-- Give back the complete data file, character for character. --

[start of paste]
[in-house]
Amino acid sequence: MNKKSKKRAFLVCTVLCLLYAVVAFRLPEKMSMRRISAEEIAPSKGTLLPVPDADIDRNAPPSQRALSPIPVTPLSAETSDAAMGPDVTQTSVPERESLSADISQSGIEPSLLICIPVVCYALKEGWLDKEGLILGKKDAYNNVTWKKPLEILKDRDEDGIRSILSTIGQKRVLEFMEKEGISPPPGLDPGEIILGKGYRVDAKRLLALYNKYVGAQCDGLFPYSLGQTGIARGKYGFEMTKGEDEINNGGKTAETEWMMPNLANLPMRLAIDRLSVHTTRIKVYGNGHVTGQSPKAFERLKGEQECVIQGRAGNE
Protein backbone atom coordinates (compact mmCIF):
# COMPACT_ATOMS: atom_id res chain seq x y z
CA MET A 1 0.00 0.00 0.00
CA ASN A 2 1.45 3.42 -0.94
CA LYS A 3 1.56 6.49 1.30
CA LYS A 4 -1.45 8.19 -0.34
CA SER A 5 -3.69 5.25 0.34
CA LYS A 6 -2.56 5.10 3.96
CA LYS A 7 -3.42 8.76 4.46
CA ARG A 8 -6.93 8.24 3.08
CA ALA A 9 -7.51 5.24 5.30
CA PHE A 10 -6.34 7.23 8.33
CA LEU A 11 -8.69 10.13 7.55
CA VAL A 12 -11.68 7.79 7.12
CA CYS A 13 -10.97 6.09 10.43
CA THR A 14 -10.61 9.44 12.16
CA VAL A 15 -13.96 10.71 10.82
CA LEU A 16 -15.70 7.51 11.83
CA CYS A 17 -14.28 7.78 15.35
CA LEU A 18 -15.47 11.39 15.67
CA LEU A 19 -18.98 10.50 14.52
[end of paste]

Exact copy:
[in-house]
Amino acid sequence: MNKKSKKRAFLVCTVLCLLYAVVAFRLPEKMSMRRISAEEIAPSKGTLLPVPDADIDRNAPPSQRALSPIPVTPLSAETSDAAMGPDVTQTSVPERESLSADISQSGIEPSLLICIPVVCYALKEGWLDKEGLILGKKDAYNNVTWKKPLEILKDRDEDGIRSILSTIGQKRVLEFMEKEGISPPPGLDPGEIILGKGYRVDAKRLLALYNKYVGAQCDGLFPYSLGQTGIARGKYGFEMTKGEDEINNGGKTAETEWMMPNLANLPMRLAIDRLSVHTTRIKVYGNGHVTGQSPKAFERLKGEQECVIQGRAGNE
Protein backbone atom coordinates (compact mmCIF):
# COMPACT_ATOMS: atom_id res chain seq x y z
CA MET A 1 0.00 0.00 0.00
CA ASN A 2 1.45 3.42 -0.94
CA LYS A 3 1.56 6.49 1.30
CA LYS A 4 -1.45 8.19 -0.34
CA SER A 5 -3.69 5.25 0.34
CA LYS A 6 -2.56 5.10 3.96
CA LYS A 7 -3.42 8.76 4.46
CA ARG A 8 -6.93 8.24 3.08
CA ALA A 9 -7.51 5.24 5.30
CA PHE A 10 -6.34 7.23 8.33
CA LEU A 11 -8.69 10.13 7.55
CA VAL A 12 -11.68 7.79 7.12
CA CYS A 13 -10.97 6.09 10.43
CA THR A 14 -10.61 9.44 12.16
CA VAL A 15 -13.96 10.71 10.82
CA LEU A 16 -15.70 7.51 11.83
CA CYS A 17 -14.28 7.78 15.35
CA LEU A 18 -15.47 11.39 15.67
CA LEU A 19 -18.98 10.50 14.52